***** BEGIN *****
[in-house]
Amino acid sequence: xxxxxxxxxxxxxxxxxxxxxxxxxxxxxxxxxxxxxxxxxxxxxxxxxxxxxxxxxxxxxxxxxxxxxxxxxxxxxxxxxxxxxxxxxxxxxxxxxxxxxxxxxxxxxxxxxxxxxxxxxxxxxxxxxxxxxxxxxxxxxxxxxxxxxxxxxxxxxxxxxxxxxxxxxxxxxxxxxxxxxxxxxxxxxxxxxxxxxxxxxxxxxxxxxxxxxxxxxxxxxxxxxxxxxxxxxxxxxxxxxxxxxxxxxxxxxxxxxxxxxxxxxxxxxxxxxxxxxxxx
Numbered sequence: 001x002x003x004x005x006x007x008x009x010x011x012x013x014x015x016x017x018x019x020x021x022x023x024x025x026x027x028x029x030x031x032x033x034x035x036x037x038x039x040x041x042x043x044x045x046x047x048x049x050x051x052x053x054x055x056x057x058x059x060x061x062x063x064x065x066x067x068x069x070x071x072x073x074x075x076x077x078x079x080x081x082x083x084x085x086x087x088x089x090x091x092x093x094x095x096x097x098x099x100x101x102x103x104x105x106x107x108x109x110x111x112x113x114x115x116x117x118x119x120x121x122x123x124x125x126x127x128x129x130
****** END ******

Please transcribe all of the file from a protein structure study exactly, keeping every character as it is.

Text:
[in-house]
Amino acid sequence: xxxxxxxxxxxxxxxxxxxxxxxxxxxxxxxxxxxxxxxxxxxxxxxxxxxxxxxxxxxxxxxxxxxxxxxxxxxxxxxxxxxxxxxxxxxxxxxxxxxxxxxxxxxxxxxxxxxxxxxxxxxxxxxxxxxxxxxxxxxxxxxxxxxxxxxxxxxxxxxxxxxxxxxxxxxxxxxxxxxxxxxxxxxxxxxxxxxxxxxxxxxxxxxxxxxxxxxxxxxxxxxxxxxxxxxxxxxxxxxxxxxxxxxxxxxxxxxxxxxxxxxxxxxxxxxxxxxxxxxx
Numbered sequence: 001x002x003x004x005x006x007x008x009x010x011x012x013x014x015x016x017x018x019x020x021x022x023x024x025x026x027x028x029x030x031x032x033x034x035x036x037x038x039x040x041x042x043x044x045x046x047x048x049x050x051x052x053x054x055x056x057x058x059x060x061x062x063x064x065x066x067x068x069x070x071x072x073x074x075x076x077x078x079x080x081x082x083x084x085x086x087x088x089x090x091x092x093x094x095x096x097x098x099x100x101x102x103x104x105x106x107x108x109x110x111x112x113x114x115x116x117x118x119x120x121x122x123x124x125x126x127x128x129x130